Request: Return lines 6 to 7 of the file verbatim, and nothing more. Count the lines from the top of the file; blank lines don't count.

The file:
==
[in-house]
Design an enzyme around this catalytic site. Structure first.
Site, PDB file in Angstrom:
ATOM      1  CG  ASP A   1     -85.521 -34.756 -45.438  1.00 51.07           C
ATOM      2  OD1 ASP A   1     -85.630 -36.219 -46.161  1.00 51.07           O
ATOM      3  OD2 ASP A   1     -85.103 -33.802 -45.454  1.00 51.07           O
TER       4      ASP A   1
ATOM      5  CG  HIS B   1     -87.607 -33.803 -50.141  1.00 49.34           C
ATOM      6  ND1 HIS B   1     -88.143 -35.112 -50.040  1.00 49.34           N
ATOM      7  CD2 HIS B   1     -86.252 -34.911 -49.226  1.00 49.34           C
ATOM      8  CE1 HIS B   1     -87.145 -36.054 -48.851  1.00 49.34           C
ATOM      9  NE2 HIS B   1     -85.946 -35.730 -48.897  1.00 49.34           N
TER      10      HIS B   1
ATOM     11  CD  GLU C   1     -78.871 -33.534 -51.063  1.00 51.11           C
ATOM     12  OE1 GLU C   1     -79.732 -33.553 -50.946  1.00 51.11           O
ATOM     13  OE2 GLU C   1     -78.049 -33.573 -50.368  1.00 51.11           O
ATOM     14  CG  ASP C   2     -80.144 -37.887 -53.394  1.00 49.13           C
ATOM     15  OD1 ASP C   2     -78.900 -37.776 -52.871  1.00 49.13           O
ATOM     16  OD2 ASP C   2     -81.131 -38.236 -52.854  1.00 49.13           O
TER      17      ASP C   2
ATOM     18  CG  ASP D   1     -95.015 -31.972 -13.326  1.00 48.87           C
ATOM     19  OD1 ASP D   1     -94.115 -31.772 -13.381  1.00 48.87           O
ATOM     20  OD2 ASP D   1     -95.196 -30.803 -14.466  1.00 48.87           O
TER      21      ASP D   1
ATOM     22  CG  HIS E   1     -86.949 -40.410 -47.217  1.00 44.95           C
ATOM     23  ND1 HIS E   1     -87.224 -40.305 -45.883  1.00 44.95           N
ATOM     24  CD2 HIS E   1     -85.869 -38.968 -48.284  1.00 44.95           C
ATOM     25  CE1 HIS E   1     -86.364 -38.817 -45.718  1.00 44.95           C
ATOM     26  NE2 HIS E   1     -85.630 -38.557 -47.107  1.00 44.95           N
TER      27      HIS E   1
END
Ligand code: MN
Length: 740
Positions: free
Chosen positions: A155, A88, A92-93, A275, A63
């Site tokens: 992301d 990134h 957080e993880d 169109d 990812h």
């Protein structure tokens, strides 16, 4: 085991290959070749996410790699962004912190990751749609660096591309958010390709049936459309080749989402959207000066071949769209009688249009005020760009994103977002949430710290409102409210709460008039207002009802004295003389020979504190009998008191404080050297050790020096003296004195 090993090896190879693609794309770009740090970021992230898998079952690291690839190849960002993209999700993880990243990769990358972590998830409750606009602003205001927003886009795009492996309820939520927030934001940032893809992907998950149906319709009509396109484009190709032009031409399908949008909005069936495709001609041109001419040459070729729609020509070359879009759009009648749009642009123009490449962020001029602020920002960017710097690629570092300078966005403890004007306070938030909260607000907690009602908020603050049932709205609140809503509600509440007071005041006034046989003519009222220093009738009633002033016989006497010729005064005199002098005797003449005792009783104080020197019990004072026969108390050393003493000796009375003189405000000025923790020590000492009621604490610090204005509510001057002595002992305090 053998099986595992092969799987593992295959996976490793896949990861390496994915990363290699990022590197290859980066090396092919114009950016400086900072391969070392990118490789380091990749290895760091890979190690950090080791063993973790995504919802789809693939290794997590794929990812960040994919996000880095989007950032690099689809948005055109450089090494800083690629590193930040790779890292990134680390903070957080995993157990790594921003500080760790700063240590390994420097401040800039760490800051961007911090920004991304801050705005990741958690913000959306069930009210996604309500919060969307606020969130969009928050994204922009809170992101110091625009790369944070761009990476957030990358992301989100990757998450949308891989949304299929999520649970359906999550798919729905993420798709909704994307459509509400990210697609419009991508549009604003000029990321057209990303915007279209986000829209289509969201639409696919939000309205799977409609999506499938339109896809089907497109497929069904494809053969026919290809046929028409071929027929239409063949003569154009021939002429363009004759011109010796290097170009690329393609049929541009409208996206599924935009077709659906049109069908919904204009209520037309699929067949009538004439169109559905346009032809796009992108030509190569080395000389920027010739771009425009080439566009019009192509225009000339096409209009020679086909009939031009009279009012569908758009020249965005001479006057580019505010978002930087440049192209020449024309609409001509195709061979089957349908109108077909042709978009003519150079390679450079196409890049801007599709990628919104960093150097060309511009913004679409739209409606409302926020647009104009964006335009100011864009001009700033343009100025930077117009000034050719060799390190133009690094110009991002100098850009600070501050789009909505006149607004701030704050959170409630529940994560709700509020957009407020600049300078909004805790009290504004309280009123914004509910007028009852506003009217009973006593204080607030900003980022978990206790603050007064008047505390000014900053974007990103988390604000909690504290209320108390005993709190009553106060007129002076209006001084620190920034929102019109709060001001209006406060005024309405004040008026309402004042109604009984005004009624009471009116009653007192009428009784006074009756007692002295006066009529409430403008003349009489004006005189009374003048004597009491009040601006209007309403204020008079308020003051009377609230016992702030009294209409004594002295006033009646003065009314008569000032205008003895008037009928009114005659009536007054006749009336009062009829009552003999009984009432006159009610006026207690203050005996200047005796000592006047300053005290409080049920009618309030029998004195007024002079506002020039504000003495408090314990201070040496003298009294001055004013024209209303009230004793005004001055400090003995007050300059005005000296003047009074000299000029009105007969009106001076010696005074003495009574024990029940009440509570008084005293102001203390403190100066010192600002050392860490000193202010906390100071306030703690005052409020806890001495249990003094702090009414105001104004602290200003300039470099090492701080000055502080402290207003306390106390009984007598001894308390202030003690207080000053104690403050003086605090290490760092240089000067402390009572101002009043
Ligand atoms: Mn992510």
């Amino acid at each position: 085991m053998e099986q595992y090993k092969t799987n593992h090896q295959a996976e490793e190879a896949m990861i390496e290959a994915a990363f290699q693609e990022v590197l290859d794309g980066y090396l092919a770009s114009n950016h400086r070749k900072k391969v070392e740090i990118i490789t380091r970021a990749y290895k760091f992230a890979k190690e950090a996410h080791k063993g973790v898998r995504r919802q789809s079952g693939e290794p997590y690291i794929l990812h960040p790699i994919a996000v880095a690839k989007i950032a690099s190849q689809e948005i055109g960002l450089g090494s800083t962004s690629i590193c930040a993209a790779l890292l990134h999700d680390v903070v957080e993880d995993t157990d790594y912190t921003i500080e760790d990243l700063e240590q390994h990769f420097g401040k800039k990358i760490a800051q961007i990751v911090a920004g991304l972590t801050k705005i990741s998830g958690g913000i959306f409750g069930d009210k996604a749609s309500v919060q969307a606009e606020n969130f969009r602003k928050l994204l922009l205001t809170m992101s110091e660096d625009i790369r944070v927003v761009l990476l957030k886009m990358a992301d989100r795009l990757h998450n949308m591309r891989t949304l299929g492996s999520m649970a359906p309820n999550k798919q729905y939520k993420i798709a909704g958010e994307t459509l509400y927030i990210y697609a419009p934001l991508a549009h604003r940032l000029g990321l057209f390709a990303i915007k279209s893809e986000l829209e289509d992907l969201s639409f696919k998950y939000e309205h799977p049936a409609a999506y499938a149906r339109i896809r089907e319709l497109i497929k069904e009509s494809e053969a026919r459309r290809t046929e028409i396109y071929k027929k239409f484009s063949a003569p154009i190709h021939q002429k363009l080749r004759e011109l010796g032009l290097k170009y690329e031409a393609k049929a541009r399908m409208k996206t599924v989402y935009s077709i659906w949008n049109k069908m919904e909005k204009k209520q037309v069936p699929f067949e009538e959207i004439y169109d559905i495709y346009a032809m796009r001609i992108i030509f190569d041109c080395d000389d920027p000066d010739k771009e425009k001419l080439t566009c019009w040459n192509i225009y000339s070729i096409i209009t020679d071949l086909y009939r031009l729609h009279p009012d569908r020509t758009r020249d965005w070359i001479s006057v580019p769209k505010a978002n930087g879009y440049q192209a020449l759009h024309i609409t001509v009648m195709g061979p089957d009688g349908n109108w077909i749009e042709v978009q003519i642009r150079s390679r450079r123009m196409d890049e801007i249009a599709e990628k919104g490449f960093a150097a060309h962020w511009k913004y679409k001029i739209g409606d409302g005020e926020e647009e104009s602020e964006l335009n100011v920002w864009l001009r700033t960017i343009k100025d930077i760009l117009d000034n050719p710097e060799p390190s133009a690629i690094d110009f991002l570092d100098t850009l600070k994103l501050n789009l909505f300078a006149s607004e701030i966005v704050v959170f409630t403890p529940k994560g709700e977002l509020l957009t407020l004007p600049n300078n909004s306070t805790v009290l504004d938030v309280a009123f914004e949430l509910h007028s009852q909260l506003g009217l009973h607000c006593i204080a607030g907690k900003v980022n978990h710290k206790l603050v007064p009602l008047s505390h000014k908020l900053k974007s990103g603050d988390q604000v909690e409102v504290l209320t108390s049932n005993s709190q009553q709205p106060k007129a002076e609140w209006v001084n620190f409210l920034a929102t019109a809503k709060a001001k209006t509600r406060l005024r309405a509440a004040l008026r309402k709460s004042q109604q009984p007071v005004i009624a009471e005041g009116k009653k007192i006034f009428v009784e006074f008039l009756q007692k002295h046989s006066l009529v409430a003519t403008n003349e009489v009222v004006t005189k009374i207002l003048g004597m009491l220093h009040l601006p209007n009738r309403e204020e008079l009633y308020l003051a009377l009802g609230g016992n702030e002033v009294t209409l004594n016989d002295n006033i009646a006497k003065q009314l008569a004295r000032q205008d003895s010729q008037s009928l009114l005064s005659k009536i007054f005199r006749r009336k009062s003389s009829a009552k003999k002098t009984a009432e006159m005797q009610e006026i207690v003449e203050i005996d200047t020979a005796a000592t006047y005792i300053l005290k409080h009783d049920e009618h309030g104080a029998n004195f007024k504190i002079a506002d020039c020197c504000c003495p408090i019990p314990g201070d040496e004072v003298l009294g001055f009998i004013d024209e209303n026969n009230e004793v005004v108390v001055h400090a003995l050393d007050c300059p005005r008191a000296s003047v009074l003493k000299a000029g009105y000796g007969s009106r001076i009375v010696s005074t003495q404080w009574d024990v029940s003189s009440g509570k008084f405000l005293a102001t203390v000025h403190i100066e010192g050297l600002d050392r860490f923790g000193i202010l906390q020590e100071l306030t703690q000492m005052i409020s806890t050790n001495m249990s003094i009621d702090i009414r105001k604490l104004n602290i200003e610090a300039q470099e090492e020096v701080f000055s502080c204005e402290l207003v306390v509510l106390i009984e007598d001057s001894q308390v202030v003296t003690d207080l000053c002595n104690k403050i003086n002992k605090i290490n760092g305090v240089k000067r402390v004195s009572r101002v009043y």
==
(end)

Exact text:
ATOM      3  OD2 ASP A   1     -85.103 -33.802 -45.454  1.00 51.07           O
TER       4      ASP A   1